On August 8, 2009, a light airplane collided with a helicopter carrying tourists near the Statue of Liberty. Both aircraft crashed, and nine people were killed. The catastrophe was witnessed firsthand by hundreds, if not thousands, of onlookers, and it became a major news story, much like the earlier fatal crash of Cory Lidle, which I wrote about for Popular Mechanics. In both cases, public alarm and outrage led to calls for flight rules to be tightened. City Councilwoman Gale Brewer, who represents the Upper West Side, went so far as to demand that tourist helicopters be banned from Manhattan.
The FAA said they would study the problem — and two days ago, they finally began implementing the new rules for the flight-seeing route over the Hudson River. The biggest change? Now, pilots passing through the area have to stay between 1,000 and 1,300 feet, and local traffic (such as tourist helicopters) have to stay below 1,000 feet.
At first glance, it seems like the FAA has responded to the public’s concerns by implementing a substantive initiative. But has anything really changed? As someone who loves flying over the river, and hopes to continue doing so, I have to say that the answer is no. And that’s a good thing.
First of all, what few non-pilots can appreciate is that these kinds of flight rules are virtually unenforceable. The whole point of the Hudson River corridor is that pilots are flying under their own recognizance. They’re not talking to a controller, so no one’s really paying much attention to what they’re doing. Even if someone were, the airplanes flying the corridor are not emitting unique transponder codes, so anyone looking at them on a radar screen wouldn’t be able to tell who’s who. So chances are good that when a pilot does do something wrong, they won’t get called on it. In practical terms, then, these new rules aren’t really rules at all, but guidelines to be followed on the honor system.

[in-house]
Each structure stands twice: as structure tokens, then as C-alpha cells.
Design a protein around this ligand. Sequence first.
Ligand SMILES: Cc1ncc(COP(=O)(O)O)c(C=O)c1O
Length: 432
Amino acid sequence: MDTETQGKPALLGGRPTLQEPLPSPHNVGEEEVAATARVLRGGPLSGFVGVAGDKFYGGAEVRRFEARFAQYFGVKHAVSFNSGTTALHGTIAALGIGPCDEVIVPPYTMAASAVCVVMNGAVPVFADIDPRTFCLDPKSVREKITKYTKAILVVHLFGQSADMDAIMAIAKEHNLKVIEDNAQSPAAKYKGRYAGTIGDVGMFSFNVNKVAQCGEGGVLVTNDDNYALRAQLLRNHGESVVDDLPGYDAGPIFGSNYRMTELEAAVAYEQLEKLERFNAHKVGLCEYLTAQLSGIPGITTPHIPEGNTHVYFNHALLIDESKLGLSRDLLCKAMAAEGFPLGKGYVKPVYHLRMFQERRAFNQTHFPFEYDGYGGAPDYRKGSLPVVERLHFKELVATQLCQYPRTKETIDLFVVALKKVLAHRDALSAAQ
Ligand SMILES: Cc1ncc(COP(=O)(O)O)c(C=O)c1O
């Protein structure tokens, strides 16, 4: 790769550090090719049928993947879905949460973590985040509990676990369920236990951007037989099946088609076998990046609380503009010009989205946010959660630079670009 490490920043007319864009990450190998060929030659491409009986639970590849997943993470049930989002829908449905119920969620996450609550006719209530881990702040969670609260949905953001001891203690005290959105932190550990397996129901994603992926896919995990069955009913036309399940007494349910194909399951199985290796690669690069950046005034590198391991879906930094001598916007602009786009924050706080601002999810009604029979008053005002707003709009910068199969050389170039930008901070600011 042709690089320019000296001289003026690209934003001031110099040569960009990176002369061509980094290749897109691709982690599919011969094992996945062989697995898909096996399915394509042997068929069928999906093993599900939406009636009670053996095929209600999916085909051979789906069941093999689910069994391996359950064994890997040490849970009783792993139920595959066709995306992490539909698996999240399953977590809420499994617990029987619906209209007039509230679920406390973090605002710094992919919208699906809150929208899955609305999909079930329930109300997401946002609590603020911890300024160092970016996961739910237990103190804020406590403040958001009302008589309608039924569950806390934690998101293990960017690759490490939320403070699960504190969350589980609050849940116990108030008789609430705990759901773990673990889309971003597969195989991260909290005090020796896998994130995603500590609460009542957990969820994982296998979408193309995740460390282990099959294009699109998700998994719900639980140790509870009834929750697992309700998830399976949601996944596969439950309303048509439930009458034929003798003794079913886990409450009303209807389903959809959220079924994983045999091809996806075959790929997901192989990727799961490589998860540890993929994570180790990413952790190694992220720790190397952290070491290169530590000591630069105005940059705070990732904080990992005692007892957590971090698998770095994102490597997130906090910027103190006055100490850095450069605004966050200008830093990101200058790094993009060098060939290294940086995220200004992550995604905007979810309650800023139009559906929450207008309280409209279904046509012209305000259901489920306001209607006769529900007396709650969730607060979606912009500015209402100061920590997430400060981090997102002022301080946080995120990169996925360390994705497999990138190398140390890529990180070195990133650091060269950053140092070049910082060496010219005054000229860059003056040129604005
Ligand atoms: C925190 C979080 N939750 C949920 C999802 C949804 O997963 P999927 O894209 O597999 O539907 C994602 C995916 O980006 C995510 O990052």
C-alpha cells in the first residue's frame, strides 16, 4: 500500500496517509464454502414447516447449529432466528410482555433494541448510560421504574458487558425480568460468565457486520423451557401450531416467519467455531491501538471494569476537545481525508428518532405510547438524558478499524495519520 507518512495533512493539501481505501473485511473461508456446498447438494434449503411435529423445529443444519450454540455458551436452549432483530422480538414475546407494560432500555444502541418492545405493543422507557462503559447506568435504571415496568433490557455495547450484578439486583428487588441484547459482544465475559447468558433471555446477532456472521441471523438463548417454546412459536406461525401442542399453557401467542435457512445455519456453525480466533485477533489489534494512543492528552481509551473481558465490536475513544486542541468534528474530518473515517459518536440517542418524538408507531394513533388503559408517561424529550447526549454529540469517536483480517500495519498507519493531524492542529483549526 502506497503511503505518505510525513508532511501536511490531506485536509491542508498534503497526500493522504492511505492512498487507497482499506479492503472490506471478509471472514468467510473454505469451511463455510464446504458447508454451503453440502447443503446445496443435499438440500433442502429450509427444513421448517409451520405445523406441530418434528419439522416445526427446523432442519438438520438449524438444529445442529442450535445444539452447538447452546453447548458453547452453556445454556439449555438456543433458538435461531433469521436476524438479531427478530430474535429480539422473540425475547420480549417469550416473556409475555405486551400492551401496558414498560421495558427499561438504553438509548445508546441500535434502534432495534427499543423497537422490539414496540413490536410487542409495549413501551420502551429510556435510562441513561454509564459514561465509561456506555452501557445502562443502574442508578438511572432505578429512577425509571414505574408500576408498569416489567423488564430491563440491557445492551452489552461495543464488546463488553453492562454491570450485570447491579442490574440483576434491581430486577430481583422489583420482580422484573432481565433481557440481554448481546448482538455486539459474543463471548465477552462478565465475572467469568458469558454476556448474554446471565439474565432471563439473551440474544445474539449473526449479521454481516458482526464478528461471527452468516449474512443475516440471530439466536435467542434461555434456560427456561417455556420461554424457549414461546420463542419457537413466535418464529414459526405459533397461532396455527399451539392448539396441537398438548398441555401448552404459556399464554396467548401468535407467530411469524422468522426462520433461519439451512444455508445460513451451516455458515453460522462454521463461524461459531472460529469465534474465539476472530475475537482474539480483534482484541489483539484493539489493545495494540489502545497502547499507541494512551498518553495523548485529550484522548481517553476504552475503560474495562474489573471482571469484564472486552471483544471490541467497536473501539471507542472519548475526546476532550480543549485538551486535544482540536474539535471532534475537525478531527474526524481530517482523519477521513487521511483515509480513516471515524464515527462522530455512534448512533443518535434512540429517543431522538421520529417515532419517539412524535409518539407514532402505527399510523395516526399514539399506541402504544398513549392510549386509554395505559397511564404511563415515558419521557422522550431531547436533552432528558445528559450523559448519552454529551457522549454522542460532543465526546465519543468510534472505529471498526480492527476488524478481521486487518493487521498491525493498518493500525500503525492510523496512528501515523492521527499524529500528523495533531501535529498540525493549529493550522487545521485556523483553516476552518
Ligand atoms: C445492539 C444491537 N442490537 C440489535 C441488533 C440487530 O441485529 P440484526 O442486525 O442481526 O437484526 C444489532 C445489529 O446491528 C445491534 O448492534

That sounds bad, but here’s the second key thing to remember: despite the incredibly high visibility of this one horribly crash, the flight corridor over the Hudson simply isn’t dangerous. Before this one awful midair, there hadn’t been a fatal collision in more than twenty years. To me, that says that the system in place worked.
And that’s why I”m happy that the FAA’s action was essentially ineffectual. Flying is one of the few areas in life that is not overburdened with rules and laws that try to protect us from ourselves. When you take to the air as the pilot of a light aircraft, you have to be aware that you are responsible for yourself, for your passengers, and the other people in the air around you. It’s an awesome responsibility, but responsibility is the essence of freedom. Once in a while, people will misuse that freedom, orjust fall victim to bad luck, and tragedy will ensue. But the fear that bad outcomes are less than infinitely improbable should not justify ever more restrictive rules. Freedom is worth more than that.